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Tethered spinal cord syndrome

Tethered spinal cord syndrome
Classification & external resources
ICD-10 Q06.8
ICD-9 742.59
DiseasesDB 34471
MeSH C16.131.666.680

Tethered Spinal Cord Syndrome or Occult Spinal Dysraphism Sequence is a rare neurological disorder (occurring in 0.05 to 0.25 of 1000 births) caused by tissue attachments that limit the movement of the spinal cord within the spinal column. These attachments cause an abnormal stretching of the spinal cord. The course of the disorder is progressive. Symptoms may include lesions, hairy patches, dimples, or fatty tumours on the lower back; foot and spinal deformities; weakness in the legs; low back pain; scoliosis; and incontinence. Tethered spinal cord syndrome may go undiagnosed until adulthood, when sensory and motor problems and loss of bowel and bladder control emerge. This delayed presentation of symptoms is related to the degree of strain placed on the spinal cord over time. Tethered spinal cord syndrome appears to be the result of improper growth of the neural tube during fetal development, and is closely linked to spina bifida. Tethering may also develop after spinal cord injury and scar tissue can block the flow of fluids around the spinal cord. Fluid pressure may cause cysts to form in the spinal cord, a condition called syringomyelia. This can lead to additional loss of movement or feeling, or the onset of pain or autonomic symptoms.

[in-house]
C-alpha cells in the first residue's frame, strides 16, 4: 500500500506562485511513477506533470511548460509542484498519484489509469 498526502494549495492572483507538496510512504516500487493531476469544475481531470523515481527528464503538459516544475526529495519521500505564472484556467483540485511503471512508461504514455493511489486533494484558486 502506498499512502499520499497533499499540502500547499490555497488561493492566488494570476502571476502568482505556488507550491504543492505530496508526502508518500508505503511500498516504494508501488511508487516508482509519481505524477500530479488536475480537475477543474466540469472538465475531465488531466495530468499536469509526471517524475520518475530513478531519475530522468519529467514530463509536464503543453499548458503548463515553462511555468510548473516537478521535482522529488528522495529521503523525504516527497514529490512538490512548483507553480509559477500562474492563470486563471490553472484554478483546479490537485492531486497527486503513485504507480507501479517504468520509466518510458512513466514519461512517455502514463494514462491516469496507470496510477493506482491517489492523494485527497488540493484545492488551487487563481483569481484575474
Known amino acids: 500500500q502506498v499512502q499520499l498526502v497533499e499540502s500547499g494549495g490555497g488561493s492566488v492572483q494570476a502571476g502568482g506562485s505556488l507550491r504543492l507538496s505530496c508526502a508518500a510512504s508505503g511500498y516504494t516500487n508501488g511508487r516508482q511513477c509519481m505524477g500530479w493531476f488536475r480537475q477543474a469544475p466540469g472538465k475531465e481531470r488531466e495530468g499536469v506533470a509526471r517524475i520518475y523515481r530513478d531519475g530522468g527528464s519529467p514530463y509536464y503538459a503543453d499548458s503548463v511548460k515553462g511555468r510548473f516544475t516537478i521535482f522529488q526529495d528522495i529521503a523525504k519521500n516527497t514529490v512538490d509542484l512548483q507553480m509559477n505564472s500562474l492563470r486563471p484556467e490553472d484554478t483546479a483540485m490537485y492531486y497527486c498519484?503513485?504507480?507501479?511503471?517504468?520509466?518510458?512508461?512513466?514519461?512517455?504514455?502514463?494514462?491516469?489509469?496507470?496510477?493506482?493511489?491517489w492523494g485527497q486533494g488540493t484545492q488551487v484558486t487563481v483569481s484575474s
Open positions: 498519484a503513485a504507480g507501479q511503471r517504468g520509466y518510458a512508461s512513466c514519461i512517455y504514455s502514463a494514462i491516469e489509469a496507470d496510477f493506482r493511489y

Additional recommended knowledge


In children, early surgery is recommended to prevent further neurological deterioration, including but not limited to chronic urinary incontinence. In adults, surgery to free (detether) the spinal cord can reduce the size and further development of cysts in the cord and may restore some function or alleviate other symptoms. Tethered Cord Syndrome is causally linked to Chiari Malformation and any affirmative diagnosis of TCS must be followed by screening for Chiari's several degrees. TCS was just recently related to Ehlers-Danlos Syndrome which should also be screened for upon a positive TCS diagnosis.

Tethered Cord Syndrome presents varied and almost uncontrollable neurophenomenae in pediatric cases.

Other treatment is symptomatic and supportive. NSAIDs, opiates, synthetic opiates, Cox II inhibitors, off-label applications of tricyclic anti-depressants combined with anti-siezure compounds have yet to prove they are of value in treatment of this affliction's pain manifestations. There is anecdotal evidence that TENS units may benefit some patients.


With treatment, individuals with tethered spinal cord syndrome have a normal life expectancy. However, most neurological and motor impairments are irreversible.


  • Tethered spinal cord syndrome. National Institutes of Health. Retrieved on 2007-11-03.
  • Tethered spinal cord syndrome. Neurosurgery Today. Retrieved on 2007-11-03.
This article is licensed under the GNU Free Documentation License. It uses material from the Wikipedia article "Tethered_spinal_cord_syndrome". A list of authors is available in Wikipedia.
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